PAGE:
She’ll teach you how eating the right type of fat (yes there IS a RIGHT type!), reducing salt intake and increasing fiber helps you with your heart condition and decrease risk of a future heart attack and stroke. You’ll learn new eating habits, and suggest strategies for change.
Nowadays we look at you in a holistic fashion, and the dietitian will consider food allergies, likes and dislikes, cultural and family preferences and even cost of food in helping you come up with an eating plan.
Hard on the heels of inactivity and overweight, smoking is responsible for a whole lot of ills, including harming the heart and circulation. Studies show that quitting smoking after a heart attack or heart surgery, you can decrease risk of death by at least 30%. This in itself makes it a worthwhile quest, but it’s hard to do without support or any idea how to start. Your smoking-cessation counselor will help you get started.
We can tell you what to do, and even how to do something. But ultimately, it’s up to you. Or rather, it’s up to your individual psychology and mindset what you will do. We’ve found that mental states like depression, stress, anxiety and anger can contribute to developing or even exacerbating heart disease.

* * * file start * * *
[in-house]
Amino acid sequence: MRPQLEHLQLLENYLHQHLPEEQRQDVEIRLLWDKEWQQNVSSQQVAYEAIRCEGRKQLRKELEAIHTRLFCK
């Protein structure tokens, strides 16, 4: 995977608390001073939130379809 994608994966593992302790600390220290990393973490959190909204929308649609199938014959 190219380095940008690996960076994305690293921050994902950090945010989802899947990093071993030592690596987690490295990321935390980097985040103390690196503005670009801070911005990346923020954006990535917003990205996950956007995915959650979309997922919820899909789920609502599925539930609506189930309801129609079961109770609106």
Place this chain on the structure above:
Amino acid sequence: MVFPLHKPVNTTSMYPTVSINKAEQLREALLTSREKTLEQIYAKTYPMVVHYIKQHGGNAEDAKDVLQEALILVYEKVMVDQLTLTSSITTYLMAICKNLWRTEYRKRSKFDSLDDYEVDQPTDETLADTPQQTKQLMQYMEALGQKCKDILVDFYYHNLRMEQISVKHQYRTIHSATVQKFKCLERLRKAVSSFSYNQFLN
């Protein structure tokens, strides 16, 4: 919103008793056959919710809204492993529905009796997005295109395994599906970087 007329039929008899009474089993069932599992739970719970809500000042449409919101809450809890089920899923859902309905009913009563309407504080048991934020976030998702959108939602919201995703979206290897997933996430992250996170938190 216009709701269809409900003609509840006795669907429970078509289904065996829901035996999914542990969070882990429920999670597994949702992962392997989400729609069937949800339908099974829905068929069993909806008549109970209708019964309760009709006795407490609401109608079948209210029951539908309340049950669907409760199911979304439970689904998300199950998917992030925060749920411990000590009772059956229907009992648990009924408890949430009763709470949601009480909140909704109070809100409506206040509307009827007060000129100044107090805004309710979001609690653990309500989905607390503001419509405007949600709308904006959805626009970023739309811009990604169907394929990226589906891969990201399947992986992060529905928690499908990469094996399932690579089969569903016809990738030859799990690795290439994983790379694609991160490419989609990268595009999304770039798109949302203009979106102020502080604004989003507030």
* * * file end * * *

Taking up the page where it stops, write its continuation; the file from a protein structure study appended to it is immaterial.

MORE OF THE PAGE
That’s where the psychologist comes in. Psychologists can help you with stress management techniques you can incorporate into the rest of cardiac rehab, and into your Life outside. This is a time when you may be especially fearful, low on confidence, and unsure about the future, and a qualified psychologist often has special skills and training to help you integrate what you learn right now with the right mental attitude, and overcome psychological barriers you may have because of the fright of your recent event.
How Do I Get Into a Cardiac Rehab Program?
If you’ve had a cardiac event, you would have been hospitalized. After the initial danger phase and before discharge, your doctor or cardiac nurse would have told you about the option for cardiac rehab. It may be conducted at the same hospital, or another that may be more convenient for you. If not, ask them for information.
To conclude, you really need to be on a cardiac rehabilitation program after any heart event, once the doctor has given you the clearance. Even if you think you’re okay to exercise on your own, or your problem has been ‘fixed’ with surgery or medication, you need to see yourself as a whole now. Your problems happened because of a constellation of problems, and cardiac rehab to date, is the best way to address as many of those root causes as possible, in order to minimize risk of another event in the future.
If for some special reason you were to referred to cardiac rehab, and you’re reading this months after discharge, a cardiac rehab program, and certainly the exercise component, would most likely be of benefit still. Ask your consultatnt about it and if he agrees, ask for a referral!